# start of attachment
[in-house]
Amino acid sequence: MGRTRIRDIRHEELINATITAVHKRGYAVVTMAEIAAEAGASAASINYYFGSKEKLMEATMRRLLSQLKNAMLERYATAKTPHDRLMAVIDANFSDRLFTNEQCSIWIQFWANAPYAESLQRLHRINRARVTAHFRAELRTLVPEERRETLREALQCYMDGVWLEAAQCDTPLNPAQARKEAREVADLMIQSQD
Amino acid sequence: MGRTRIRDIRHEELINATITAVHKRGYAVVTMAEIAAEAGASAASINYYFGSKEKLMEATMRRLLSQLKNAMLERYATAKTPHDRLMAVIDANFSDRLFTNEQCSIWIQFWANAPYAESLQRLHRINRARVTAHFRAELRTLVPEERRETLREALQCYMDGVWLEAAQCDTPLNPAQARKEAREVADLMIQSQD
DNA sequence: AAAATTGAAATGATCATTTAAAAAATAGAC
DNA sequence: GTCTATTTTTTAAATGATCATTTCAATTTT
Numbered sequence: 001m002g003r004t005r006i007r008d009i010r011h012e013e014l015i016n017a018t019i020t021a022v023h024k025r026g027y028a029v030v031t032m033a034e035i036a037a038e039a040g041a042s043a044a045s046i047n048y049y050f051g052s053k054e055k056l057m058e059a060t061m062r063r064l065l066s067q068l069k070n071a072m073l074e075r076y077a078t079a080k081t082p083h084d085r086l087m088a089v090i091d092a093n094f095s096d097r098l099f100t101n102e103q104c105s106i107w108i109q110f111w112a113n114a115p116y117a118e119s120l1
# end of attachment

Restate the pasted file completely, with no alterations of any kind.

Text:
[in-house]
Amino acid sequence: MGRTRIRDIRHEELINATITAVHKRGYAVVTMAEIAAEAGASAASINYYFGSKEKLMEATMRRLLSQLKNAMLERYATAKTPHDRLMAVIDANFSDRLFTNEQCSIWIQFWANAPYAESLQRLHRINRARVTAHFRAELRTLVPEERRETLREALQCYMDGVWLEAAQCDTPLNPAQARKEAREVADLMIQSQD
Amino acid sequence: MGRTRIRDIRHEELINATITAVHKRGYAVVTMAEIAAEAGASAASINYYFGSKEKLMEATMRRLLSQLKNAMLERYATAKTPHDRLMAVIDANFSDRLFTNEQCSIWIQFWANAPYAESLQRLHRINRARVTAHFRAELRTLVPEERRETLREALQCYMDGVWLEAAQCDTPLNPAQARKEAREVADLMIQSQD
DNA sequence: AAAATTGAAATGATCATTTAAAAAATAGAC
DNA sequence: GTCTATTTTTTAAATGATCATTTCAATTTT
Numbered sequence: 001m002g003r004t005r006i007r008d009i010r011h012e013e014l015i016n017a018t019i020t021a022v023h024k025r026g027y028a029v030v031t032m033a034e035i036a037a038e039a040g041a042s043a044a045s046i047n048y049y050f051g052s053k054e055k056l057m058e059a060t061m062r063r064l065l066s067q068l069k070n071a072m073l074e075r076y077a078t079a080k081t082p083h084d085r086l087m088a089v090i091d092a093n094f095s096d097r098l099f100t101n102e103q104c105s106i107w108i109q110f111w112a113n114a115p116y117a118e119s120l1